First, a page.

All I saw was a summary slightly shorter than the /. summary, and a bunch of ad links. Where's the actual story?

Re:Is there an actual article there? (2)

plunderscratch (2169382) | more than 2 years ago | (#36260796)

The rest of the article was mis-detected during the handling procedure, it has been placed on a different flight and should arrive tomorrow.

Why no stay with barcodes? (2)

drolli (522659) | more than 2 years ago | (#36260114)

They work, they are cheap, you can stick them on anything,the limits are well known, and if the printer fails you can even send the tag by fax.

Re:Why no stay with barcodes? (2)

AmiMoJo (196126) | more than 2 years ago | (#36260404)

Do you know why a human still has to pass goods over the barcode scanner at the checkout? It is because the barcode needs to be oriented so that the scanner can read it. With RFID there is no such requirement so the system can be fully automated.

Re:Why no stay with barcodes? (2)

hackertourist (2202674) | more than 2 years ago | (#36260520)

Yup.
National Geographic has a documentary (in their 'Megafactories' series) about the UPS hub in the US. It shows that a large fraction of the personnel there has a single task: orienting boxes so the label can be read by the scanners.

Re:Why no stay with barcodes? (1)

drolli (522659) | more than 2 years ago | (#36260568)

Is there anything fundamental which prevents automating the orientation of the package? Or sticking barcodes on several sides of the luggage?

Re:Why no stay with barcodes? (0)

Anonymous Coward | more than 2 years ago | (#36260990)

you can make a very complicated multi camera system which tries to read the barcodes. but it will fail as soon as something obstructs the barcode. RFID tags, if done right, can be read on anything that passes through a scanner regardless of where it is (there are cases where this doesnt work, it should be fine for luggage). so it no longer requires a human operator.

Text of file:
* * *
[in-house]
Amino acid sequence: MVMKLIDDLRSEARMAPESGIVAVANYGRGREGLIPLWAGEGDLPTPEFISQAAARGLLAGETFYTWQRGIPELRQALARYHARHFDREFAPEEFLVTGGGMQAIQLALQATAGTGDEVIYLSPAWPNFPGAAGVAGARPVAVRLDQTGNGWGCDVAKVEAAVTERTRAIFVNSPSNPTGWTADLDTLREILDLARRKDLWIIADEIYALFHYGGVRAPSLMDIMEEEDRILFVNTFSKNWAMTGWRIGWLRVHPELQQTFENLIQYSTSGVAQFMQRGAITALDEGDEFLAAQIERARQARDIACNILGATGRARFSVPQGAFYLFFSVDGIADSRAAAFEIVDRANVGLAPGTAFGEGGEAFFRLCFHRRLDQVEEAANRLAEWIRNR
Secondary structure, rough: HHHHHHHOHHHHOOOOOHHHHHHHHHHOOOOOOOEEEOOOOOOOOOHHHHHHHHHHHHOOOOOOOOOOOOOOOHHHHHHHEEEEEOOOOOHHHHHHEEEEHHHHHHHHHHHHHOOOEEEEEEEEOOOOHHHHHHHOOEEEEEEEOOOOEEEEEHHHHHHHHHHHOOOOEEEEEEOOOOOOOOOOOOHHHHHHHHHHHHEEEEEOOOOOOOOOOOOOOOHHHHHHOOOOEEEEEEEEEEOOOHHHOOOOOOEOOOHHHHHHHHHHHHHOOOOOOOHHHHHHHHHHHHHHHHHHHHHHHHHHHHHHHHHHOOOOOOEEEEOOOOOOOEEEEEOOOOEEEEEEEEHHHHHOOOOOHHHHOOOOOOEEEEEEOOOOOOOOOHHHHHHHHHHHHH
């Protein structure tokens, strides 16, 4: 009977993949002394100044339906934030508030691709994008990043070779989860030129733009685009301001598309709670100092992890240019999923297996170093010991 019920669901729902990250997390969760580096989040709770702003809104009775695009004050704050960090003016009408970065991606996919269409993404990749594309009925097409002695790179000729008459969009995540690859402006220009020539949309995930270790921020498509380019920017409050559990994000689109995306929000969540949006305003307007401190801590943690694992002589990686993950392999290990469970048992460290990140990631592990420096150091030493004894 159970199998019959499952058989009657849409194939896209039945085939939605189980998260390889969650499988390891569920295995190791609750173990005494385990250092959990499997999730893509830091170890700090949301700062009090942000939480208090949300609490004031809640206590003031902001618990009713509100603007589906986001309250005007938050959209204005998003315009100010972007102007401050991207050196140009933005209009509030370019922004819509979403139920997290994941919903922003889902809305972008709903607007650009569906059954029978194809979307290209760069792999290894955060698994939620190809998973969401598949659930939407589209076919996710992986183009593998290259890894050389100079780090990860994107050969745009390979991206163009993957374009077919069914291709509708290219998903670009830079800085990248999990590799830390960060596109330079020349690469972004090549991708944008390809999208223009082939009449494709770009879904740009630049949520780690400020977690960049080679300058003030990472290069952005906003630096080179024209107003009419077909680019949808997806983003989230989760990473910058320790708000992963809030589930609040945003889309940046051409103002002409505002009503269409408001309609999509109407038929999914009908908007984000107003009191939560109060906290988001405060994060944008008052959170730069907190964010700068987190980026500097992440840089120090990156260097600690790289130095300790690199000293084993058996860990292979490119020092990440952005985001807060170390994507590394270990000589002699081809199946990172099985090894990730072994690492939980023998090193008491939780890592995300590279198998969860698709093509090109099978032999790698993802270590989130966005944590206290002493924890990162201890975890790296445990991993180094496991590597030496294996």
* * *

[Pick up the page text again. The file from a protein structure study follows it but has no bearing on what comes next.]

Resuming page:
Re:Why no stay with barcodes? (1)

MoonBuggy (611105) | more than 2 years ago | (#36261086)

Luggage is not regularly shaped, and adhesive tags all over (rather than looped through the handles and secured to the back of the tag itself) will either fall off or require industrial strength glue that'll you'll never manage to remove after the flight.

You probably could design a robot arm and/or multi-camera system, and it might even be reliable, but it'd be much, much more expensive than either RFID or employing a human to scan the tags. I'm sure these RFID tags will still have barcodes and human-readable destinations printed on them, since the infrastructure to read both is already present and the cost of printing is negligible, but they're a fallback measure.

Re:Why no stay with barcodes? (0)

Anonymous Coward | more than 2 years ago | (#36261516)

Is there anything fundamental which prevents automating the orientation of the package? Or sticking barcodes on several sides of the luggage?

I remember seeing something about semi-automated baggage handling systems a while ago. Basically, there are machines that scan from 4 or 5 sides at a time, then rotate the cargo if the scanner doesn't detect anything. There are several stations lined up in a row like this in case it isn't able to detect anything. As soon as something is detected, a pusher plate shoves the package down the right ramp. So yeah, it's already being done like that and has been for a while.

Re:Why no stay with barcodes? (1)

AmiMoJo (196126) | more than 2 years ago | (#36261882)

You try creating a system where you can take an arbitrarily shaped object up to the largest size luggage allowable +50% for oversize and orient it in a way that consistently allows barcode reading. If you can do it you will be rich.

Re:Why no stay with barcodes? (1)

thegarbz (1787294) | more than 2 years ago | (#36262022)

Humans pass it over because humans hand it to them. You clearly haven't checked in a bag at QANTAS. You put the bag on the conveyer tag up or back. The conveyor weighs it and then this neat little thing that looks like R2D2's head runs a scan over the top and rear of the bag to locate and scan the tag for you.

I remember my first time using it last year. It put the bag on the conveyor and thought now how the heck am I supposed to scan this ta... oh WTF it did it itself.

The automated checking system uses barcodes OR RFID with the RFID tags being for frequent travelers, and the barcodes being standard bagtags which are spat out at the computer terminal when you print off your boarding pass.

Re:Why no stay with barcodes? (1)

thegarbz (1787294) | more than 2 years ago | (#36260562)